Unless you live in a cave, you are no doubt familiar with the Zillow phenomenon. Zillow is an on-line real estate service that allows users to obtain a free valuation of any property, or “Zestimate”. In addition to the on-line valuation feature, they are now rolling out Zillow Moblie, which allows users to get “almost instant” Zestimates via their cell phones. While most of us in the industry whine incessantly about the questionable accuracy of the Zestimate, I do give these guys props for developing a complex algorithm and a fun tool. The question is, is it fun or is it a tool? Well, a little of both, I suppose, if you keep the information they provide in perspective.
Zillow uses public records in arriving at their valuation estimates, so from that standpoint, the data has value. But, Zillow (not being of the human persuasion) is totally objective and, as we all know, subjectivity is a large component of home valuation. So, LET’S PLAY ZILLOW! I chose the four most recent closed sales in my community as a little test of Zillow’s home pricing savvy, figuring they would not have picked up on the recordation price yet. Here is what I found:
Home A: Sale Price $600,000; Zillow Price $702,837 (Ouch)
Home B: Sale Price $650,000; Zillow Price $643,813 (Not bad)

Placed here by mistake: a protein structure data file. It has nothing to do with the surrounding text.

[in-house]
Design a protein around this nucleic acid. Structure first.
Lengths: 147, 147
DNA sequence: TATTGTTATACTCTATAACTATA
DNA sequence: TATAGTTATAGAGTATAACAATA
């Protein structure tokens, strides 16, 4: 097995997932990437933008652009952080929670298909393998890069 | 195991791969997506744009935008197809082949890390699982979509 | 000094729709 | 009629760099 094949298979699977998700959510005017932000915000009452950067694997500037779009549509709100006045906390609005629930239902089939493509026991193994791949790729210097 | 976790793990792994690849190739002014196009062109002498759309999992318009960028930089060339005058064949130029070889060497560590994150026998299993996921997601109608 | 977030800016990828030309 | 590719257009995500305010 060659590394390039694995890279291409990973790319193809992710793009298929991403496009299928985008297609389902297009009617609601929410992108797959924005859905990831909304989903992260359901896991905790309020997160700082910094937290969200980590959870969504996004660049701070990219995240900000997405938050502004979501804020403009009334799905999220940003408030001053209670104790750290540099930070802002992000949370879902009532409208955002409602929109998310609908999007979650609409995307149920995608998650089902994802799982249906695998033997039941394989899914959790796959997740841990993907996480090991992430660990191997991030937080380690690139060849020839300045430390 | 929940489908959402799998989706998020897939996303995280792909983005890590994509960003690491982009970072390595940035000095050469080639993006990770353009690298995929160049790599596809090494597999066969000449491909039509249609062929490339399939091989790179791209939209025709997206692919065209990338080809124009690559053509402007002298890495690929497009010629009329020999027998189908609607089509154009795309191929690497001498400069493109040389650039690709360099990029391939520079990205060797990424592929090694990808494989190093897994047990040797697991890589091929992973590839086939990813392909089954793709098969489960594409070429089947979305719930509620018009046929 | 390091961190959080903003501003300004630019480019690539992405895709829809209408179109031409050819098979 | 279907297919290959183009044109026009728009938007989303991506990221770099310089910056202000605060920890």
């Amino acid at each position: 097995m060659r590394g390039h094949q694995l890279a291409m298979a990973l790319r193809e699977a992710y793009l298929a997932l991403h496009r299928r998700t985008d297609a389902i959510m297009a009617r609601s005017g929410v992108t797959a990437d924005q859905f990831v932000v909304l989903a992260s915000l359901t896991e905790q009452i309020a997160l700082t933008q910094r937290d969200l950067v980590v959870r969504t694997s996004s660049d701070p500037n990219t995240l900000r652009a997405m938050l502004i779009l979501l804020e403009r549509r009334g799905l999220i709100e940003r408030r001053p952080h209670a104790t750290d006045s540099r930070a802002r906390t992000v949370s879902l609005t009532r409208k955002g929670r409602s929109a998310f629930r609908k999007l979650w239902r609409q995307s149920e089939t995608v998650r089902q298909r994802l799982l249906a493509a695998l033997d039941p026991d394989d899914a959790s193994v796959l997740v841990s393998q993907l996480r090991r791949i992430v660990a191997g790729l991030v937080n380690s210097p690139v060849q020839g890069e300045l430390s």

Home C: Sale Price $1,055,000; Zillow Price $1,010,645 (Close)
Home D: Sale Price $1,169,500; Zillow Price $1,389,248 (After four months on the market, I might add. Don’t those buyers know value when they see it? 🙂 )
Now, Home D is an interesting case study in that two weeks prior, an almost identical model match sold one street away. Both homes had nearly identical views and lot sizes and virtually identical floor plan and square footage. Upgrades were comparable as well. We will call this model-match “Home E”. When Home E sold, the principals signed a non-disclosure agreement so that no sale price would show on the tax stamp or in the MLS. (Why that was the case is the subject of another post). Therefore, Zillow’s algorithm has no way of taking advantage of this sale as a comp. Since it is public record, however, we can tell you that Home E sold for $1,085,000. Zillow’s estimate? $1,158,057. Why did Zillow value two identical homes $230,000 apart? Beats the heck out of me.
So, was that fun? Sort of (if you are a real estate junkie like myself). If I had relied on Zillow to price these homes, would it have been a useful tool? Not so much, I’m afraid. What have we learned? What every real estate agent out there already knows; pricing is a combination of art and science. Proper pricing requires experience, market knowledge and human reasoning (which Zillow can not provide). Most importantly, perhaps, Zillow is not the “market”; your buyer is the market, and they will be willing to pay what they perceive the value to be, Zillow be damned. I am not suggesting that you shouldn’t continue to play Zillow, but remember that in the department store of Real Estate, Zillow is the toy department. (P.S. Zillow says that the value of my home dropped $10,000 since yesterday. Bummer. I told Steve it was time to repaint).